Nicholas Stoller Talks Seth Rogen/Kevin Hart 1940s Cop Comedy BLACK AND WHITE; Hopes to Make It His Next Film

     April 21, 2014


Filmmaker Nicholas Stoller set an incredibly high bar for himself by knocking it out of the park with his directorial debut feature Forgetting Sarah Marshall.  The 2008 comedy offered a fantastic blend of incredibly funny, R-rated comedy and serious heart, refusing to shy away from that emotional aspects of Jason Segel’s lead character, which made the story that much more affecting—and funny.  He followed that up with 2010’s rock star comedy Get Him to the Greek and 2012’s more dramatic The Five-Year Engagement, and in between he also co-wrote the scripts for The Muppets and Muppets Most Wanted.  But now for his next directorial effort, Stoller ready to tackle an ambitious period piece.

Steve recently sat down with Stoller to discuss his latest comedy, Neighbors, and during the course of their discussion Stoller talked about what he hopes will be his next project, a 1940s buddy cop comedy tentatively titled Black and White.  He said the film revolves around the first white cop/black cop pairing and describes it as a bit of a Baz Luhrmann world.  Hit the jump for much more.

nicholas-stoller-black-and-whiteWhile speaking with Steve, Stoller revealed his plans for his next film:

“The next thing I wanna do is the Seth Rogen/Kevin Hart movie that Rodney Rothman wrote.  It’s about the first white cop/black cop pairing in history, and they have to infiltrate the jazz scene to bust jazz musicians for weed, so it’s this incredibly racist, anti-semitic world—pretty funny, right?  [It takes place] in the late 1940s.  It’s a bit of a Baz Luhrmann world, like I don’t want it to be a strict period piece so the jazz is a little bit of rap.  But it’s gonna be nuts.  I’ve never done anything like it, but I’m pretty excited about it.”

Rothman has worked as an executive producer on three of Stoller’s four projects so the two have a history, and he also wrote the script for the upcoming sequel 22 Jump Street.  The allure of Black and White, Stoller said, is pushing the boundaries that are inherent in a 1940s cop movie involving race, and he said Paramount Pictures has no hesitations about the subject matter:

“Rodney’s script is so funny and it’s so out there and Paramount was like, ‘This is the funniest script we’ve read.’  It’s insane.  We just want to push it, and the other thing with these movies is you shoot everything, and then you test it, and then you take out what doesn’t work.”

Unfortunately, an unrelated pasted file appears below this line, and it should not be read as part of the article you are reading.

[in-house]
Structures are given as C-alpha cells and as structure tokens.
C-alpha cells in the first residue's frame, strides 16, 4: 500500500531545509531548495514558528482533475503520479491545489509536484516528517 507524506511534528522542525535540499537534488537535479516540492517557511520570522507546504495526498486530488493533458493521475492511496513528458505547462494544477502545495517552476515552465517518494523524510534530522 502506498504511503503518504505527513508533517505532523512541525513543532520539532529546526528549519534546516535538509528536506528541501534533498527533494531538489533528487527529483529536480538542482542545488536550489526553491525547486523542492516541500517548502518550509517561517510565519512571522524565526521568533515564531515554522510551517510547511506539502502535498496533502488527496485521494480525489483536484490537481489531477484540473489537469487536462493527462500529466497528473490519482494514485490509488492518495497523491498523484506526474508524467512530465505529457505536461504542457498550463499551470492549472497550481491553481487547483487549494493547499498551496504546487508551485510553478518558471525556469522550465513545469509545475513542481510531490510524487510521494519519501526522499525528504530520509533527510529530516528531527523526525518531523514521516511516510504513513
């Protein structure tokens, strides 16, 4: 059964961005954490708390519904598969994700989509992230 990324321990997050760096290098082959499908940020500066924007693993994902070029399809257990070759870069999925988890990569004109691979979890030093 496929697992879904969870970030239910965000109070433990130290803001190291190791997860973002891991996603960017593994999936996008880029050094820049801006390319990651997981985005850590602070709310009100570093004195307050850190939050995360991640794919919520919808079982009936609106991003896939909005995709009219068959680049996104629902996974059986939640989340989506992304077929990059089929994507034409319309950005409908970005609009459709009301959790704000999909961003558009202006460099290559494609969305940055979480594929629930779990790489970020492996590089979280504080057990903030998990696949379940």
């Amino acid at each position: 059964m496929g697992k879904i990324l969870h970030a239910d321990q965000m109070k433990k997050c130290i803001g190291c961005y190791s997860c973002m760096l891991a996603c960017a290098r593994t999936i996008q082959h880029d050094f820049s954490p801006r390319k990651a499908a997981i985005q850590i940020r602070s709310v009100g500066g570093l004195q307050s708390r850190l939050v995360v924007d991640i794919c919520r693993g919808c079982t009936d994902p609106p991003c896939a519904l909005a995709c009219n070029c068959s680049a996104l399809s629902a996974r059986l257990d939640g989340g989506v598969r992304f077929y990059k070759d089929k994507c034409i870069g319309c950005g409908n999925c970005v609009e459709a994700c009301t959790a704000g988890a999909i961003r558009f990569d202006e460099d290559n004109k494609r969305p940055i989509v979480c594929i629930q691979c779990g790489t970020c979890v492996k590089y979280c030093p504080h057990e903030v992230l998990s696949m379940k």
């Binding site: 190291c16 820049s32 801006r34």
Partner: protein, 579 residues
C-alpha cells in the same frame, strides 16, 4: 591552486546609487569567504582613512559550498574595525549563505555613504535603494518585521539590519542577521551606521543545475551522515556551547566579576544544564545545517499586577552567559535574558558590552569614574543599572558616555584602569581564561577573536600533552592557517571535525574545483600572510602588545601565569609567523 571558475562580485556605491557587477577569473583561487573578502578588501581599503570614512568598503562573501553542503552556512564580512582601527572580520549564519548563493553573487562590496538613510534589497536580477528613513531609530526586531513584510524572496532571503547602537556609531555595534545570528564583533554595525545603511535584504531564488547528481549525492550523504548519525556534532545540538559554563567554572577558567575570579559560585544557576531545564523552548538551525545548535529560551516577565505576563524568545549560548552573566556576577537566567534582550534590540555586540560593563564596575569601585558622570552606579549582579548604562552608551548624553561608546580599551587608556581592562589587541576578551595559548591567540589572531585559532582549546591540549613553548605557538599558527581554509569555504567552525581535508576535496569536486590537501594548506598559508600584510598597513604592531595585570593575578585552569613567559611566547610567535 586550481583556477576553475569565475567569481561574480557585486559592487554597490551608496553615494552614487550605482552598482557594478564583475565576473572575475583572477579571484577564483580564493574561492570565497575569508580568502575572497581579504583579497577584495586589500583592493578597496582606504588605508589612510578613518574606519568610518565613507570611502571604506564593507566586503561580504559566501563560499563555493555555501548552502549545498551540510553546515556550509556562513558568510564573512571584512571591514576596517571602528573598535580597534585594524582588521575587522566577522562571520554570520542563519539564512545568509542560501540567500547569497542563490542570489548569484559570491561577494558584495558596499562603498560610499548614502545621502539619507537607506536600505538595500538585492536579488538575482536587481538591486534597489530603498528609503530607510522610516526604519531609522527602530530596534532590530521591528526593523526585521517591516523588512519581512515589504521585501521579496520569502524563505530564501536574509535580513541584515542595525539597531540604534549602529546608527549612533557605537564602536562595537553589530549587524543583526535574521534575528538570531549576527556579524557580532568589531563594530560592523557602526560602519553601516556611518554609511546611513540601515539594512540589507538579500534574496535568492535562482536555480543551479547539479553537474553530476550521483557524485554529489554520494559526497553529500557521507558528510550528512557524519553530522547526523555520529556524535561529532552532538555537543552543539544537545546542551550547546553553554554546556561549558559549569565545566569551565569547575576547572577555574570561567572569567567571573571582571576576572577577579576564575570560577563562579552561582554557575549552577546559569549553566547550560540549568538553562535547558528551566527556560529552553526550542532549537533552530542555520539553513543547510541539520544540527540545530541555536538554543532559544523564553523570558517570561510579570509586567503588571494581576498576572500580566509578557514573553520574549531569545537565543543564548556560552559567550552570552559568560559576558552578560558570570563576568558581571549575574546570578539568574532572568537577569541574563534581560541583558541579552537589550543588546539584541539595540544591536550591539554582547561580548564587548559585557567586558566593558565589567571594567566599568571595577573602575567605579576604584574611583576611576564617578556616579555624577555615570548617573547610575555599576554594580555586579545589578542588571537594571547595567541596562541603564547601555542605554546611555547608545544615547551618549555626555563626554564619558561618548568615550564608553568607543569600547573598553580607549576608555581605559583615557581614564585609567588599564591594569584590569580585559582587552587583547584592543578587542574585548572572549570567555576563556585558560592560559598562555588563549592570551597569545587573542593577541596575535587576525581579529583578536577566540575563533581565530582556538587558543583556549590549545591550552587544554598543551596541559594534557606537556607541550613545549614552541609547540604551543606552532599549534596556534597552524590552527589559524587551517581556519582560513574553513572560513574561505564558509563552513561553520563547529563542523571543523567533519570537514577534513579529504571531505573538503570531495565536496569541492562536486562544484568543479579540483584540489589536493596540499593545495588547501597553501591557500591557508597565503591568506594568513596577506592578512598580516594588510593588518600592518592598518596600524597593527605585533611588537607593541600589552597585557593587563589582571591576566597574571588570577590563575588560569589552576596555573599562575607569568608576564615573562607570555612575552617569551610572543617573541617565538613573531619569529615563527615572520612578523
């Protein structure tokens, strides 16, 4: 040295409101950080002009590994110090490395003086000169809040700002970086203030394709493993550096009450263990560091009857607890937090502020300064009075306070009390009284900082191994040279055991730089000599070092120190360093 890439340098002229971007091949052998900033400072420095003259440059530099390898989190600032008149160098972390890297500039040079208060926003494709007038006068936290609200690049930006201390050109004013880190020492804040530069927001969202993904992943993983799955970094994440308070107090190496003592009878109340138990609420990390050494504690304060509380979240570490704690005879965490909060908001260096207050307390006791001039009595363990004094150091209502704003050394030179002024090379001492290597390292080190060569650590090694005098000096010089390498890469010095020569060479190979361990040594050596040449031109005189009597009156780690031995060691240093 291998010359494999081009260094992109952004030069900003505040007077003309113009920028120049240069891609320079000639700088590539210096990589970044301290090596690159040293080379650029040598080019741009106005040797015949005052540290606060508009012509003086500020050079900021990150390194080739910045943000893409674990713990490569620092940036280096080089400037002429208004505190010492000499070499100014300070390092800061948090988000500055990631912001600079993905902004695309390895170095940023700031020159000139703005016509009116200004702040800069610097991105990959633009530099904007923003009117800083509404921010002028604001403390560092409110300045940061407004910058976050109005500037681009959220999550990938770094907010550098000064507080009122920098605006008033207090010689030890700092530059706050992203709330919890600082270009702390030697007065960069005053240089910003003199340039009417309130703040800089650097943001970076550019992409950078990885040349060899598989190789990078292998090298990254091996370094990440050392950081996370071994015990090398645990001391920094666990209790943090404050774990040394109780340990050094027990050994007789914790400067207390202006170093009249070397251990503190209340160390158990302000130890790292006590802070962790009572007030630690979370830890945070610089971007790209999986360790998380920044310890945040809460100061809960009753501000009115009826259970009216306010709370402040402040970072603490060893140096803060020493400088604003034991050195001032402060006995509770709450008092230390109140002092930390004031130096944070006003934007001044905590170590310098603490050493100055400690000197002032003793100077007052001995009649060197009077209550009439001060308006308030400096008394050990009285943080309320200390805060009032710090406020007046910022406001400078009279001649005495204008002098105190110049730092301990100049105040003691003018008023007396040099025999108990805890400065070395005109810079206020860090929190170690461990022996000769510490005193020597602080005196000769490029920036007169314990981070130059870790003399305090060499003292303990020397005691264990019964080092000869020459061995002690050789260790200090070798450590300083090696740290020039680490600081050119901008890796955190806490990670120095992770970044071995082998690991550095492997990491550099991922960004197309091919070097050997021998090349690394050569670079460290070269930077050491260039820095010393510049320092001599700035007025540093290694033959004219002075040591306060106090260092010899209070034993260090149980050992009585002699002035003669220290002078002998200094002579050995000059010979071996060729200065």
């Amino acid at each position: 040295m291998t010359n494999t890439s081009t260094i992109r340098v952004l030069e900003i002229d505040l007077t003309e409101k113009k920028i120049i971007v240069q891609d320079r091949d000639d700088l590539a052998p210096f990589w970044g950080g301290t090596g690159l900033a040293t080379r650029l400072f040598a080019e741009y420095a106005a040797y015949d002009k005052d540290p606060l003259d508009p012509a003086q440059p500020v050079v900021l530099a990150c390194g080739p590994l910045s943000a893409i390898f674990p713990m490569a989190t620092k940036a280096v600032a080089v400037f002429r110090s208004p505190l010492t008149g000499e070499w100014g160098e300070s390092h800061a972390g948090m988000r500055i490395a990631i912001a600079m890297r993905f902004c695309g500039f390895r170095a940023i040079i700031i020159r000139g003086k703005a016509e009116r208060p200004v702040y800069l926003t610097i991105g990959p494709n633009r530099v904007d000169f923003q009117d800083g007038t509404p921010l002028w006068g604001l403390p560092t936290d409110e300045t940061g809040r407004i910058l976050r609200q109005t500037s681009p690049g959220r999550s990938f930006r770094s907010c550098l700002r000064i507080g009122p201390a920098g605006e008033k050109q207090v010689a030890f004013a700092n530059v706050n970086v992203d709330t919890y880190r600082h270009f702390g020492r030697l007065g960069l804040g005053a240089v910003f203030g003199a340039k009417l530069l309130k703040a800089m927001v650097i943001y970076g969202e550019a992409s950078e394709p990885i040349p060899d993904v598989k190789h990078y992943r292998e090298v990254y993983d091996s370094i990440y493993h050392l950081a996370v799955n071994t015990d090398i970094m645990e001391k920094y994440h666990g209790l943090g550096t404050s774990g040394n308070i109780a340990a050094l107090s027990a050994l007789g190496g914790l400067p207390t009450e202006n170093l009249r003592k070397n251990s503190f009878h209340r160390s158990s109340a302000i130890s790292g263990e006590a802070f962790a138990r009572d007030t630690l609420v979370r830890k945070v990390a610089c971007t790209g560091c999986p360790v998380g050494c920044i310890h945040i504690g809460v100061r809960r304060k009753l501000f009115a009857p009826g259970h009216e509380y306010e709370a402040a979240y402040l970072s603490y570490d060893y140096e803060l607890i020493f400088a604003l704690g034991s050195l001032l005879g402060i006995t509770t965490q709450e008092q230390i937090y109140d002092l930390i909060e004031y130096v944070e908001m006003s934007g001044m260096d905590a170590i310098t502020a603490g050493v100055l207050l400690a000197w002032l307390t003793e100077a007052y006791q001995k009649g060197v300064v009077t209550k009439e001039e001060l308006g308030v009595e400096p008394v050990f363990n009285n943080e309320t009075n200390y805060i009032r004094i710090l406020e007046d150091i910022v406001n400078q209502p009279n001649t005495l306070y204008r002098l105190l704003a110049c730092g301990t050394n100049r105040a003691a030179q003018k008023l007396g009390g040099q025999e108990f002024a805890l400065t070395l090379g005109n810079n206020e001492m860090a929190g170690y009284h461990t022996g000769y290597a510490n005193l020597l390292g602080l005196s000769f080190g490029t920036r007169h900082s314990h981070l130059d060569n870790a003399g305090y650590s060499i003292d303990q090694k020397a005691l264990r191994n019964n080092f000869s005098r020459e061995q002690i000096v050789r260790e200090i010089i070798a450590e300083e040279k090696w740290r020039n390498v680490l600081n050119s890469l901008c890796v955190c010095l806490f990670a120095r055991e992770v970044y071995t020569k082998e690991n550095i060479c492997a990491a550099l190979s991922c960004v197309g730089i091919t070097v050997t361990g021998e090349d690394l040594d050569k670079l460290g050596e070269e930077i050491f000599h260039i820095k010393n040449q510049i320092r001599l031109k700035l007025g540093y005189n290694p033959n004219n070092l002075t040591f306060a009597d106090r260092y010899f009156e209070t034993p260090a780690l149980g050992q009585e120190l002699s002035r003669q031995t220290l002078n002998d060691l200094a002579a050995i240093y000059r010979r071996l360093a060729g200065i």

nicholas-stoller-seth-rogen-black-and-whiteSteve asked Stoller if the film is in the nascent stages or if it’s definitely moving forward, and Stoller said he feels pretty confident about its chances:

“It’s at Paramount, and yeah we’re figuring it out and Rodney’s been rewriting the script and Seth and Kevin are excited about it.”

The only issue that Stoller might run into, he said, is budget, since a period piece costs more than a contemporary comedy:

“It’s not like a big budget, but it can’t be a really low budget because it’s action and period.  It’s not gonna be like $50 million or $60 million, but it’s [a little more].”

When Steve asked if Stoller had another project he’s developing in case Black and White doesn’t move forward for some reason, the filmmaker said he’s put all his chips on the cop comedy:

“No, I’m all-in on these guys.  If it’s not them I don’t know what to do (laughs).  And I don’t develop stuff, I go all-in on the movie I’m interested in doing.  It’s always risky because your movie could fall apart, but I’d rather do it that way.”

kevin-hart-black-and-whiteStoller also noted that the title isn’t set in stone:

“Right now it’s called Black and White, but I don’t know.  We call it Jazz Cops (laughs).”

He also revealed this nugget from the current iteration of the script, which gives us a sense of the tone:

“Right now there’s a DJ in it called ‘Whitey McWhite.’”

Watch the portion of Steve’s interview with Stoller concerning Black and White below, and look for the full video interview closer to the release of Neighbors.

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